The fairness opinion can be an important tool for the target company in negotiations with a potential offeror. However, in order to be able to use the fairness opinion in a targeted manner, the target company must already have visibility with regard to a potential company value prior to the actual negotiations. For this purpose, it is advisable to establish a periodically recurring valuation process based on the current management plan and applying best practices in fairness opinions.
The big picture of valuation approaches
In the context of a fairness opinion, different types of companies have to be valued using different methods. What the valuation methods have in common, however, is the fact that fairness opinions are based primarily on a fundamental valuation. The method for calculating the fundamental value ultimately depends on the valuation object. The resulting fundamental value is then usually checked for plausibility using a valuation based on comparable listed companies («trading multiples») and comparable transactions («transaction multiples»). It is important to note that a valuation is carried out using what is called the «stand-alone principle». This means that potential synergies with the offeror are not taken into account in the valuation. The valuation is carried out on a specific reference date (publication of the pre-announcement).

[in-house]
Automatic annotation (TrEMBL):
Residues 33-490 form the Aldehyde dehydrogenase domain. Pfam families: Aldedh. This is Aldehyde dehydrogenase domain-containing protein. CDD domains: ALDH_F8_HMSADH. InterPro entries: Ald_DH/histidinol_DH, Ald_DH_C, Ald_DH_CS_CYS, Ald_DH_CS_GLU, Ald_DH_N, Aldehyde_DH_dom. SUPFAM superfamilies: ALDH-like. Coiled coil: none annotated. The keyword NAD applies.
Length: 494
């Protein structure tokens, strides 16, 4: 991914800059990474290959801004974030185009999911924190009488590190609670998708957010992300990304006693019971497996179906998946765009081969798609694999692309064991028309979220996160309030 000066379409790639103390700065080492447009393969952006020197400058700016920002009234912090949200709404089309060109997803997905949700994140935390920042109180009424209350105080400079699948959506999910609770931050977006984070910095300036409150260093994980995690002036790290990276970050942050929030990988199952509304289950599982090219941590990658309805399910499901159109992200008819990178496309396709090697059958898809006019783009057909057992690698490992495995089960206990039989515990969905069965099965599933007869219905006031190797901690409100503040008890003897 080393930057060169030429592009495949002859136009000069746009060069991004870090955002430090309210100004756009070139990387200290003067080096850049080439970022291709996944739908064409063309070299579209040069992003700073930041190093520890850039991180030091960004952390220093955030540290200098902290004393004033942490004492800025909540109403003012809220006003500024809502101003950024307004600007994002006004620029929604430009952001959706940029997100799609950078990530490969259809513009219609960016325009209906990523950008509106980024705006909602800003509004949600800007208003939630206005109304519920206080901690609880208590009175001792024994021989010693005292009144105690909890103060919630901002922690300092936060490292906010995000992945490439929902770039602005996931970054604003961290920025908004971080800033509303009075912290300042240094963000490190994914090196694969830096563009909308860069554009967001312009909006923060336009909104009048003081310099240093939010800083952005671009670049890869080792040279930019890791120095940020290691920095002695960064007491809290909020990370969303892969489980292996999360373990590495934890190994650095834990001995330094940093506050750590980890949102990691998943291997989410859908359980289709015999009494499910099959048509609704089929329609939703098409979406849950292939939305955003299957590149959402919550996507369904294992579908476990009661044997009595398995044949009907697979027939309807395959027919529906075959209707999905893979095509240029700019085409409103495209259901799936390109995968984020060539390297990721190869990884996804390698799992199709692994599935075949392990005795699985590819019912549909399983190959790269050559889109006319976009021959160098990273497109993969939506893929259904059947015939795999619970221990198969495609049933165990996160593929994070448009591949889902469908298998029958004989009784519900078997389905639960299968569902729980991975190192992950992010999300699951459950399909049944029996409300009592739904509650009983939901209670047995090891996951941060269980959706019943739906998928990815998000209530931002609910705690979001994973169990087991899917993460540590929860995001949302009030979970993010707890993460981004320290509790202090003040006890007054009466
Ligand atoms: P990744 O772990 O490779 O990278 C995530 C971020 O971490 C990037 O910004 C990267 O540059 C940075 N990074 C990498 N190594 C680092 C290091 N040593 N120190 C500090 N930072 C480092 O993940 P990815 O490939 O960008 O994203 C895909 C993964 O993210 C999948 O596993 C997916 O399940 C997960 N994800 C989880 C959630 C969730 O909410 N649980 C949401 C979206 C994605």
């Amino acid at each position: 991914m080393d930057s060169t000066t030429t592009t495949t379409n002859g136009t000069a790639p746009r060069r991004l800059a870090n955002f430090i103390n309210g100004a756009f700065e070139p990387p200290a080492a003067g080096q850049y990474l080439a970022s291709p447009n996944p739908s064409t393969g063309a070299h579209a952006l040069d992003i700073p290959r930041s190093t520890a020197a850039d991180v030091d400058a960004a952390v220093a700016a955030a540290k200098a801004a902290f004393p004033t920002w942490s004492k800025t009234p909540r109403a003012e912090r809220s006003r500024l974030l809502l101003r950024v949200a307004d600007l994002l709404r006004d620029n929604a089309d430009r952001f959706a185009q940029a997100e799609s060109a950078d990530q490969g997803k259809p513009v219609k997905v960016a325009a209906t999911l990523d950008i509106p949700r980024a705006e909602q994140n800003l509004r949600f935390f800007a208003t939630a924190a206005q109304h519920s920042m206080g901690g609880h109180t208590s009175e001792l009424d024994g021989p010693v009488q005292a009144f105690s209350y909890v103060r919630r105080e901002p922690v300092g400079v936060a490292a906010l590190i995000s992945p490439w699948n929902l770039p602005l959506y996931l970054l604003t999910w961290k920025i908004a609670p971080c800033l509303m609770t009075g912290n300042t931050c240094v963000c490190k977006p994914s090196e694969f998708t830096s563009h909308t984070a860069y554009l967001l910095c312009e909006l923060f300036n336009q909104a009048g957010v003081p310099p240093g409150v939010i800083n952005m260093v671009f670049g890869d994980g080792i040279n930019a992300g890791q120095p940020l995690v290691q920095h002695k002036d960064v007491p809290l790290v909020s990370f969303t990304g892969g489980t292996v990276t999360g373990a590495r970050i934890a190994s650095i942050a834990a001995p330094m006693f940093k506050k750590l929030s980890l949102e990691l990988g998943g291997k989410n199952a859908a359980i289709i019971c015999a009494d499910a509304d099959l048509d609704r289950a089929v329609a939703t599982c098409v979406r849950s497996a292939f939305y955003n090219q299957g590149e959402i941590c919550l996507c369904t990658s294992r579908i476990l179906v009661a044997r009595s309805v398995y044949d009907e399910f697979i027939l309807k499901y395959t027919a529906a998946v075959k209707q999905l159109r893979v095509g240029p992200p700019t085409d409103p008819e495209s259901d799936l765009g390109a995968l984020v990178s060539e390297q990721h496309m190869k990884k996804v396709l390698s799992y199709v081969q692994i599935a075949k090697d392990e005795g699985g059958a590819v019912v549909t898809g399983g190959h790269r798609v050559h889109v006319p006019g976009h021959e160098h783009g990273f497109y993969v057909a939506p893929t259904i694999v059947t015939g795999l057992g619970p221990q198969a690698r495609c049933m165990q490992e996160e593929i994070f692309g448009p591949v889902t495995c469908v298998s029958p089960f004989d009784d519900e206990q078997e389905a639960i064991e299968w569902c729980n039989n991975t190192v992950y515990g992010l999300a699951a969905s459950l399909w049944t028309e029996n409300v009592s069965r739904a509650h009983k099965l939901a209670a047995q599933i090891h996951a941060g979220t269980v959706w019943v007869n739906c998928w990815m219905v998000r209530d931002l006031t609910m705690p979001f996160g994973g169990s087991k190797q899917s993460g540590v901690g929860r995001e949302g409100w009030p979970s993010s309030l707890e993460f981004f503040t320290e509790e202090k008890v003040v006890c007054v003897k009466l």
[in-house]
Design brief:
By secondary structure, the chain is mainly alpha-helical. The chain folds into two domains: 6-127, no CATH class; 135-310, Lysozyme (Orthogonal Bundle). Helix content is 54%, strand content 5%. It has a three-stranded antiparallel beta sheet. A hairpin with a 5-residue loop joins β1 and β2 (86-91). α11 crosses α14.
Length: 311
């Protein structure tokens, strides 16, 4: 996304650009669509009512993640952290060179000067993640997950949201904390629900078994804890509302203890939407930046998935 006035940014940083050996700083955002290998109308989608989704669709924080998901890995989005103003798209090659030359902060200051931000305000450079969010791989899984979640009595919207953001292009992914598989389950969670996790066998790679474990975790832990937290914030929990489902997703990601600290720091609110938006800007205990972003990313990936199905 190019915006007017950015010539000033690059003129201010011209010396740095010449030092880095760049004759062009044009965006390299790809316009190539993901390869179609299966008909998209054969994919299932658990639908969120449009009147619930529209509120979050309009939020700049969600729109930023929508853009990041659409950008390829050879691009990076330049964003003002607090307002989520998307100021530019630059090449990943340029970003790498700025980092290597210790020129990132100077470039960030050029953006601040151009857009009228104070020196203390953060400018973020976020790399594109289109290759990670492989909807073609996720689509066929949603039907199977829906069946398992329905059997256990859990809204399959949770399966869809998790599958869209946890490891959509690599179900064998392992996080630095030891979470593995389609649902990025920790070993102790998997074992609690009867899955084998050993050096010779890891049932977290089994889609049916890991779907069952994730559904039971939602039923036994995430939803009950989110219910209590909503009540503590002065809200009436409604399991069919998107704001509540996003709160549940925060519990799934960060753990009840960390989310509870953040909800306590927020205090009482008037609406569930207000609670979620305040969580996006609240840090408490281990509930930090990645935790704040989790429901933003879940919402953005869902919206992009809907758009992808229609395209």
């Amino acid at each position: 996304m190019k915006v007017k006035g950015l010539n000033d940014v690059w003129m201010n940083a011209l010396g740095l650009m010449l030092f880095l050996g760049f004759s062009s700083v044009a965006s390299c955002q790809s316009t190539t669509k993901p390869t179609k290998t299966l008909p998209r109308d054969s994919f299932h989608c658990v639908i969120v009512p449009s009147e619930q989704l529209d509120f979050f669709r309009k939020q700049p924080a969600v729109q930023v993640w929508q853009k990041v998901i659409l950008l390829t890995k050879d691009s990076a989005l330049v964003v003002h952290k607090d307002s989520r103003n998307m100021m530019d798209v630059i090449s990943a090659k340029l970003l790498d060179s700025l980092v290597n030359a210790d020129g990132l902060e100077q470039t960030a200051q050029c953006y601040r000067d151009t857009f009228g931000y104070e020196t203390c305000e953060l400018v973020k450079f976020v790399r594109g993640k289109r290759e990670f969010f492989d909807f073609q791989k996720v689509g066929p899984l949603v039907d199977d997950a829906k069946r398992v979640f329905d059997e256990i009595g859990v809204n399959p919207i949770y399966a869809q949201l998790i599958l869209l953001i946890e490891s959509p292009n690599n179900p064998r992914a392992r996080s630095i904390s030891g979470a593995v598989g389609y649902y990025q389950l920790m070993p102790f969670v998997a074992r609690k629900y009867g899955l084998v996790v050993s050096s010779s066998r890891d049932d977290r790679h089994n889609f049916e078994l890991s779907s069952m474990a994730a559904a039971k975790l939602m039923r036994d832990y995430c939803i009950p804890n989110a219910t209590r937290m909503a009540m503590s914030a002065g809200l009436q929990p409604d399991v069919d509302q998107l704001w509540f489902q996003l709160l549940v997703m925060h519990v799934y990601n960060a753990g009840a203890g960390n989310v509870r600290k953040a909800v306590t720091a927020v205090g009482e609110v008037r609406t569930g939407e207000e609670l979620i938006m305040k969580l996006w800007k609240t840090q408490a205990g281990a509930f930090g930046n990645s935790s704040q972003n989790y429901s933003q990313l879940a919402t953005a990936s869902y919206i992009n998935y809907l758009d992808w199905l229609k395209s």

Classification and valuation of different valuation objects
In principle, three types of valuation objects (whereby real estate and investment companies are listed together here) are to be distinguished:
1. Industrial and service companies